I worry that many hearing people who work with deaf people tend to fall into categories 2 and 3–
    3 is not necessarily dangerous, but they may not be the best role models for how to act around hearing people, because they themselves are alienated.

    I also have learned recently about auditory processing disorder, it’s surprisingly common, even a minor disturbance in hearing and language learning during the first year (lots of ear infections) can cause permanent deficits in understanding the subtle sounds of language (consonants, etc.) and difficulty processing sounds.

    One of my “hearing” friends has this and she just feels much more comfortable working in a visual mode.

    I do not think the woman above is having a “mental illness.” What she has is a very real neurological problem. I had recruitment hearing growing up and sounds were painful for me.

    Recruitment hearing was only recognized in the late 1980’s– it used to be thought deaf people were being dramatic complainers or something. Recruitment is a funny word, but it means in this case “manyfold”. Sounds become unbearably loud at fewer decibels than for hearing people.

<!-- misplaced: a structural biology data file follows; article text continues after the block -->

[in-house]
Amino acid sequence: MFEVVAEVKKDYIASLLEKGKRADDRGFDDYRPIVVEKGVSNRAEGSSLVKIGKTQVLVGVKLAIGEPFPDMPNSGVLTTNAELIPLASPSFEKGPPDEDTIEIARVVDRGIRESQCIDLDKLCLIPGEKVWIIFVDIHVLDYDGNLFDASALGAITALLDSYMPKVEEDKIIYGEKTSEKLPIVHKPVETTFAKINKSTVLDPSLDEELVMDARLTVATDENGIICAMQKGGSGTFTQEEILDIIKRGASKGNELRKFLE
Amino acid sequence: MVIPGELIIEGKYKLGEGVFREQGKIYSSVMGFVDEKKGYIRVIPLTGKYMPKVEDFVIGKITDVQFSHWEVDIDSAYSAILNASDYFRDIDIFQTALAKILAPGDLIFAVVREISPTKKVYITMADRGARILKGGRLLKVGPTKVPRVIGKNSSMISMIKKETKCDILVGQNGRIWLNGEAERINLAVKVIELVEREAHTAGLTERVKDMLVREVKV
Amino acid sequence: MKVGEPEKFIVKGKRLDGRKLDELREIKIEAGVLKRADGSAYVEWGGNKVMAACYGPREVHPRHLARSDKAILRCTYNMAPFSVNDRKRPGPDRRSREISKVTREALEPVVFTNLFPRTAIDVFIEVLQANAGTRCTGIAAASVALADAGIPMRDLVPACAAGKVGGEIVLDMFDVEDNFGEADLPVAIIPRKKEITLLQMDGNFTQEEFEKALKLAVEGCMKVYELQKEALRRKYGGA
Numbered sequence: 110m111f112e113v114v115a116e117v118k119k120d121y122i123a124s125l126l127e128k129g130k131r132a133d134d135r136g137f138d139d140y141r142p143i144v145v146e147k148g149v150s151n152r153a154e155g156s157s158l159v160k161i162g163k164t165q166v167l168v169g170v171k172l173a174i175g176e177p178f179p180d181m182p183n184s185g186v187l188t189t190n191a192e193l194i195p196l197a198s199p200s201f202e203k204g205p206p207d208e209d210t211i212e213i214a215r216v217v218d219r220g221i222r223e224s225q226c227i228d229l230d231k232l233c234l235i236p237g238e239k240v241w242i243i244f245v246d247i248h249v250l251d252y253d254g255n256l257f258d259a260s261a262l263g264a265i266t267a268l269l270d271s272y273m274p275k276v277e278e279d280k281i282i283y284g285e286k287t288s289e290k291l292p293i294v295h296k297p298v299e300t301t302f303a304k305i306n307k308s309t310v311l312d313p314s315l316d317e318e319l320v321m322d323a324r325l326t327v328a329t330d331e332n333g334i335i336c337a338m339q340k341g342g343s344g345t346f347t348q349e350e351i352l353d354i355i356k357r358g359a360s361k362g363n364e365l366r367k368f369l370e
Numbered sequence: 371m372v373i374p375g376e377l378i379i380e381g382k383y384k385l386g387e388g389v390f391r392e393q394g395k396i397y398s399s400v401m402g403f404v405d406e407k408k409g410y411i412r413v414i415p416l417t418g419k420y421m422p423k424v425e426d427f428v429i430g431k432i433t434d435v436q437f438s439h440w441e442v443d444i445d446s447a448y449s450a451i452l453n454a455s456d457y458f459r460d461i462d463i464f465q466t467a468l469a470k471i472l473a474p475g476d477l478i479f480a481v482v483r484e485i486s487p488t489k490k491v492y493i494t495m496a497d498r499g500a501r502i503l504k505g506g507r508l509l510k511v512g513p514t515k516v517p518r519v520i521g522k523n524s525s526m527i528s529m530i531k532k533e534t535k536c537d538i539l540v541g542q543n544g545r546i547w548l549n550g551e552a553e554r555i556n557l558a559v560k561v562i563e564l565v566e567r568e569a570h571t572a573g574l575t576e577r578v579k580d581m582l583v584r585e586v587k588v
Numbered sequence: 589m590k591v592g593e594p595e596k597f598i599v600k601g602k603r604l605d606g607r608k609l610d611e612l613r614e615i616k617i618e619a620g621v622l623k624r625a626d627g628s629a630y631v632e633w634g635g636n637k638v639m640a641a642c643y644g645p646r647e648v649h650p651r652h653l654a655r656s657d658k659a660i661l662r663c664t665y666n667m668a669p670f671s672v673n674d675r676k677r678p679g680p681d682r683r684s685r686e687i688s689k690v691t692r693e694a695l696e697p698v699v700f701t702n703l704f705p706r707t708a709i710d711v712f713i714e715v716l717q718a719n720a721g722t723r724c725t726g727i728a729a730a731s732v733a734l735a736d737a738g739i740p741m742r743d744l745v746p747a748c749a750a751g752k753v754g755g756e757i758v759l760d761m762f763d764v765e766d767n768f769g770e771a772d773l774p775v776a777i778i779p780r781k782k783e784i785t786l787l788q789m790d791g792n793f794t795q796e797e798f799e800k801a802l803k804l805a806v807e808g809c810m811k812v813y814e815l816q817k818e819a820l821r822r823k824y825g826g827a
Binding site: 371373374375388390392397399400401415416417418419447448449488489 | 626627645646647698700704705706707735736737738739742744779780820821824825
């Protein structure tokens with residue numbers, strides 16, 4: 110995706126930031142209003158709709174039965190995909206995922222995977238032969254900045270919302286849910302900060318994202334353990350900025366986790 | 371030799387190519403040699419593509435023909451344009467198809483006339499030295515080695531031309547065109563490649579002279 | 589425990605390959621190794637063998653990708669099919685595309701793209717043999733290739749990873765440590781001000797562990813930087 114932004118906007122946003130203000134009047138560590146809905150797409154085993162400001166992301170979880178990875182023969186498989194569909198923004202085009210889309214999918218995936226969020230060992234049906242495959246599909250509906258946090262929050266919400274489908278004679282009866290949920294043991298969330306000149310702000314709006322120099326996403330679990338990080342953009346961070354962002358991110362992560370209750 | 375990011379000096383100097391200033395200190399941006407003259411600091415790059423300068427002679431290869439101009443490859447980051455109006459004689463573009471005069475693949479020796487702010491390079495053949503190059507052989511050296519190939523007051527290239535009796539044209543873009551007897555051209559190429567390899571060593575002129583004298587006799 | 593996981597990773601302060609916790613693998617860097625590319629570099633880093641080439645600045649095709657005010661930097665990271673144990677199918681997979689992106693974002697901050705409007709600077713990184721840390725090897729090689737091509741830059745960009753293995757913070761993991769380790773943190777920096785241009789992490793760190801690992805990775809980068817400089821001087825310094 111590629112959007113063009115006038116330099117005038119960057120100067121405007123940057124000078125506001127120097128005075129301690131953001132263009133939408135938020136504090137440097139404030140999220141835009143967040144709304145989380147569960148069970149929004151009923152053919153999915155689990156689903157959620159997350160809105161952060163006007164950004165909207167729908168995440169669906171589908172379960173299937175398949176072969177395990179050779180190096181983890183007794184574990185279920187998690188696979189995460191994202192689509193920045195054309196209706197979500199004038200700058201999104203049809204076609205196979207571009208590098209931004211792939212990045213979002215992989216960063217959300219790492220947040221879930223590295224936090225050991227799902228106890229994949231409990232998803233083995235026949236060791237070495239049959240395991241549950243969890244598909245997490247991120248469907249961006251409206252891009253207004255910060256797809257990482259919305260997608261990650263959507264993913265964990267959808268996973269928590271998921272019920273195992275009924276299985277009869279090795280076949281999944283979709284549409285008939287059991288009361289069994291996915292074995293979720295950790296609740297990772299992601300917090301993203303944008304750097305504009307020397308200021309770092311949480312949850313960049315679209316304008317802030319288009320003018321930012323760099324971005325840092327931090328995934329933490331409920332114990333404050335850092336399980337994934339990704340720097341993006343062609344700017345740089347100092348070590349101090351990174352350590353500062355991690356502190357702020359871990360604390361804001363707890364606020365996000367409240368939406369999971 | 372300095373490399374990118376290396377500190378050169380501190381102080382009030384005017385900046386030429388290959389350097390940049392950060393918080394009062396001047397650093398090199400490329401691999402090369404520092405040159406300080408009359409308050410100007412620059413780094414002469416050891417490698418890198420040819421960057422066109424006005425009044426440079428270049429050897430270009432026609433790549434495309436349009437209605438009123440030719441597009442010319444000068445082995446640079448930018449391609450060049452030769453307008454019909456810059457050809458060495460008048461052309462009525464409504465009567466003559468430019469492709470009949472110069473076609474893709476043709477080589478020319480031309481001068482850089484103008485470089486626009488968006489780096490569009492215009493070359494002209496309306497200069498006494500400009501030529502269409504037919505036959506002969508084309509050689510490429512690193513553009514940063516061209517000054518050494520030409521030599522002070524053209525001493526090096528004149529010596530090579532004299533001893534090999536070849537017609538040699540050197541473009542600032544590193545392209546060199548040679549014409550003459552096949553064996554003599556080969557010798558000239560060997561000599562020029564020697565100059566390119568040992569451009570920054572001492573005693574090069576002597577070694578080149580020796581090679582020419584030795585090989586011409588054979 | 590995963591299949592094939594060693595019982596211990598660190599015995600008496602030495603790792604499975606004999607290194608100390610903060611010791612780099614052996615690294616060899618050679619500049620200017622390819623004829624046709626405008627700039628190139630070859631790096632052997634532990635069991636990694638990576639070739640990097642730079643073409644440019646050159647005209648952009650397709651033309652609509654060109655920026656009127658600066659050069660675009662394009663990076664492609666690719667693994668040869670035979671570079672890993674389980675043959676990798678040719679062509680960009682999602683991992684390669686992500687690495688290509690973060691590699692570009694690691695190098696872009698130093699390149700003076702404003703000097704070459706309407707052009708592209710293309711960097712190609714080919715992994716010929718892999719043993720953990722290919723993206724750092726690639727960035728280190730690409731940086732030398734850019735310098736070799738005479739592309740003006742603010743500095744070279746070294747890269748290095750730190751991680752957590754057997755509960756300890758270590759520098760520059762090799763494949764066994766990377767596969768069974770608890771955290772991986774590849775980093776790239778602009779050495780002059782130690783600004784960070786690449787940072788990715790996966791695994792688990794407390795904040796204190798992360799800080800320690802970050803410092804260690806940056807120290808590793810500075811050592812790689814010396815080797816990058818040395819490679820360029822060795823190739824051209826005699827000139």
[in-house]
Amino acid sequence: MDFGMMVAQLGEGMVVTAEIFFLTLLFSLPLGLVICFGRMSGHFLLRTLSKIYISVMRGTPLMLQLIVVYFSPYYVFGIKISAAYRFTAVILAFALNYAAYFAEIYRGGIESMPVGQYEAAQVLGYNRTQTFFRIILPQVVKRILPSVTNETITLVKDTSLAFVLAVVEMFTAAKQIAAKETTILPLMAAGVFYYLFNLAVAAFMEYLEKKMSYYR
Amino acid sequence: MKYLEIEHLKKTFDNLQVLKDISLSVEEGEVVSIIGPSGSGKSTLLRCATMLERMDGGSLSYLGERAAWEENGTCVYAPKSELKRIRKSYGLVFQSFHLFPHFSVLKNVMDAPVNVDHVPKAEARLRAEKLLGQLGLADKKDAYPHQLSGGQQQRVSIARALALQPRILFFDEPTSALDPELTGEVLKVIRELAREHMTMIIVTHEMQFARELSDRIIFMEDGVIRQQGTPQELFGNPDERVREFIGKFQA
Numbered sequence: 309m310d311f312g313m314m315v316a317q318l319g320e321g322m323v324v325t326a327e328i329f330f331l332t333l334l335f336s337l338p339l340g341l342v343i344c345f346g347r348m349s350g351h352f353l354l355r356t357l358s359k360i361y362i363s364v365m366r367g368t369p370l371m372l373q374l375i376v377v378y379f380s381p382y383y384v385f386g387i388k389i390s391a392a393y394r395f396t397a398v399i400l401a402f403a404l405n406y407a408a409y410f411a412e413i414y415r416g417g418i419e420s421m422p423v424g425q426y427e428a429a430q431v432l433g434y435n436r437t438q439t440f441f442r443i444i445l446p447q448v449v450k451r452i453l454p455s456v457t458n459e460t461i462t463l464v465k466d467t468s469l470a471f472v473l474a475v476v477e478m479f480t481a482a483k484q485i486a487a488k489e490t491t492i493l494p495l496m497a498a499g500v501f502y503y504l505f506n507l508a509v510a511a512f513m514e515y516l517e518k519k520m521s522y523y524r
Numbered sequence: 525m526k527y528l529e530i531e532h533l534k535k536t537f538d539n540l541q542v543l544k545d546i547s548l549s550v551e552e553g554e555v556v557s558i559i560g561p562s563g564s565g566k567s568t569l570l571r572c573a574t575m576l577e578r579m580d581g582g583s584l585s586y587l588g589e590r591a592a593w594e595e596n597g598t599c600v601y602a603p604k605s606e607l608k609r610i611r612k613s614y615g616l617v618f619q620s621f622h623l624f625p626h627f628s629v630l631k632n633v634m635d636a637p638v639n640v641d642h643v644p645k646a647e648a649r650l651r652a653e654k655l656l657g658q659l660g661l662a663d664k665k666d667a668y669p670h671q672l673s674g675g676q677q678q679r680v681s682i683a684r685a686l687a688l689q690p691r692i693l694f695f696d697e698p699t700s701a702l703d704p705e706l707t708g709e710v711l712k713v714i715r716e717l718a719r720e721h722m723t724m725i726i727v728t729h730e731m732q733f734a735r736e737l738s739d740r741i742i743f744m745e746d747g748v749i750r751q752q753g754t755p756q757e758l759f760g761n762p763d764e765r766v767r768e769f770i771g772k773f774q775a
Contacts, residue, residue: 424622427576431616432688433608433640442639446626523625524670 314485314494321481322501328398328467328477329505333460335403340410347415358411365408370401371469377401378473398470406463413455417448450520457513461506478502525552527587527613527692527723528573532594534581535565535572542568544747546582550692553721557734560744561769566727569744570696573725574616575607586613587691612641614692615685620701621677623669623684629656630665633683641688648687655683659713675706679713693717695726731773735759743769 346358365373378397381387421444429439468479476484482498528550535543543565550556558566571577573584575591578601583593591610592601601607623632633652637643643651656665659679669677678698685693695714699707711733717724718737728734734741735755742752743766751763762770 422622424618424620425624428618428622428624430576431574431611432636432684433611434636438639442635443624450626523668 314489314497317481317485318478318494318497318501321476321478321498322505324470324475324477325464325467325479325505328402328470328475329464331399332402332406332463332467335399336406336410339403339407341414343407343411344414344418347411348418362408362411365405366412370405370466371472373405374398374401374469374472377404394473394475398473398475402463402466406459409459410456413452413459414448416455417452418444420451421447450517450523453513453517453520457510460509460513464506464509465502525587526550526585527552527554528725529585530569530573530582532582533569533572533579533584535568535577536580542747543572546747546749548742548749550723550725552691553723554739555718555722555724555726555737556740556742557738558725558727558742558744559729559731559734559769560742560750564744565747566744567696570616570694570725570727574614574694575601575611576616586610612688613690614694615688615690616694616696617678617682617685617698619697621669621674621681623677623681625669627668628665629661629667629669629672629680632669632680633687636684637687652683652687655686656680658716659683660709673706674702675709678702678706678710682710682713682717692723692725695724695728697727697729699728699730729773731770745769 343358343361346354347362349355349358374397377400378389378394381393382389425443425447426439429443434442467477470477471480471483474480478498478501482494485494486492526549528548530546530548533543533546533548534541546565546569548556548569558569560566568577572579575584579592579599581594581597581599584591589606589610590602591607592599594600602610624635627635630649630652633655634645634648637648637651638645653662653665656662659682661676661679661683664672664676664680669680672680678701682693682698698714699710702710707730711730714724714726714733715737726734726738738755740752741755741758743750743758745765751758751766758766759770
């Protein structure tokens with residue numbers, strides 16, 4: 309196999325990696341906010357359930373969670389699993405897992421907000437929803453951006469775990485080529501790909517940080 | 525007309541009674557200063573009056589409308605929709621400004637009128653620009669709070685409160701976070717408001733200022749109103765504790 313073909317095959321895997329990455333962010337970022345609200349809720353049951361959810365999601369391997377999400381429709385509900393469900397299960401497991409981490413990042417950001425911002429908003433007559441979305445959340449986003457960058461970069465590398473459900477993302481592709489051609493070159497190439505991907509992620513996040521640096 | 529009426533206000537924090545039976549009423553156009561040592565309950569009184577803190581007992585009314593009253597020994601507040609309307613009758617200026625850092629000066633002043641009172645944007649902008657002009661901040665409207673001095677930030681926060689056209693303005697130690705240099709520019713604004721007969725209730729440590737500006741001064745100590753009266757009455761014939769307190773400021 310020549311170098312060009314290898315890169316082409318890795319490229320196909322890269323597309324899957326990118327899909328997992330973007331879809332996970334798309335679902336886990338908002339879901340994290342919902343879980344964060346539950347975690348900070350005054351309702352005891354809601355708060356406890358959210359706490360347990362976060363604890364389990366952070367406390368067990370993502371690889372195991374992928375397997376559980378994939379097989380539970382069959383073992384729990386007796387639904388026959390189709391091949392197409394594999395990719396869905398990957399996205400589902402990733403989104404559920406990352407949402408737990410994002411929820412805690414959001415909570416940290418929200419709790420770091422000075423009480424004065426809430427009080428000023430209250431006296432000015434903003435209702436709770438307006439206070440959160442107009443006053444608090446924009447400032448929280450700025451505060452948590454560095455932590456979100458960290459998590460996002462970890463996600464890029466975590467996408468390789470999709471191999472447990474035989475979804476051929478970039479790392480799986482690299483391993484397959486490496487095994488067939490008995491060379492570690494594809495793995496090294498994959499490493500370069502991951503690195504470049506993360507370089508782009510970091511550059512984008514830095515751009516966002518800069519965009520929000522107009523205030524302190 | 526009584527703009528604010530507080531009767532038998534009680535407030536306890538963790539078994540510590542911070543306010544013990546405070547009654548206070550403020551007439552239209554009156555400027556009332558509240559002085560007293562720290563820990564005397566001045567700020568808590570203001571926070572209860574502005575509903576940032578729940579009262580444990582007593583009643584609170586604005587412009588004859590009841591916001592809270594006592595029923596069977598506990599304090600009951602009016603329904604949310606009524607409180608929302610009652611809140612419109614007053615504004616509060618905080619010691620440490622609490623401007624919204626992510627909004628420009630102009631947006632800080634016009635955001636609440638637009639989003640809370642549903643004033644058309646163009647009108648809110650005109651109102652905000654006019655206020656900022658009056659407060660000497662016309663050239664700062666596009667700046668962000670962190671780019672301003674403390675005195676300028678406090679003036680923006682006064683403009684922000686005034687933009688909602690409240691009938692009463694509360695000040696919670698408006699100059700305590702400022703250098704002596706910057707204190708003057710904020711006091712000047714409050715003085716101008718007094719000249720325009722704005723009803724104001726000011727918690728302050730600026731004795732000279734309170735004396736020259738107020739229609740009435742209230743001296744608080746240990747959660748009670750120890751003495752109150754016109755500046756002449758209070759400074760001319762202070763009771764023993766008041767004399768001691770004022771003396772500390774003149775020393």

I had 90 dB hearing loss and my ears hurt at 110 dB. Hearing peoples’ ears hurt at 120 dB, which means my ears were hurting at sounds 10x less loud than hearing peoples’ ears.

    I had only 15-20 dB window, which meant basically voices would go from quiet to unbearably loud and quiet again. I also suffered from ringing from any significant sound.

    I can remember many many times I had to suppress a fanasty of breaking the nearest loudspeaker at school because it was blaring human voice/music and making my ears hurt. I also always complained to my siblings to turn their music down, and they were hearing.

    So, I can COMPLETELY sympathize with her desire to go deaf– I was only able to enjoy parties with loud music when I finally had my hearing tank from very bad to stone deaf in the upper and middle frequencies. It really helped me relax in social events a lot, even if I had to endure ringing until I went deaf in that frequency.

    I can’t imagine anybody would want to have a hearing aid if they had that kind of hearing problem, though– because hearing aids are instruments of torture when you have recruitment hearing, unless you can get very very fancy digital aids that are programmed to filter out loud sounds.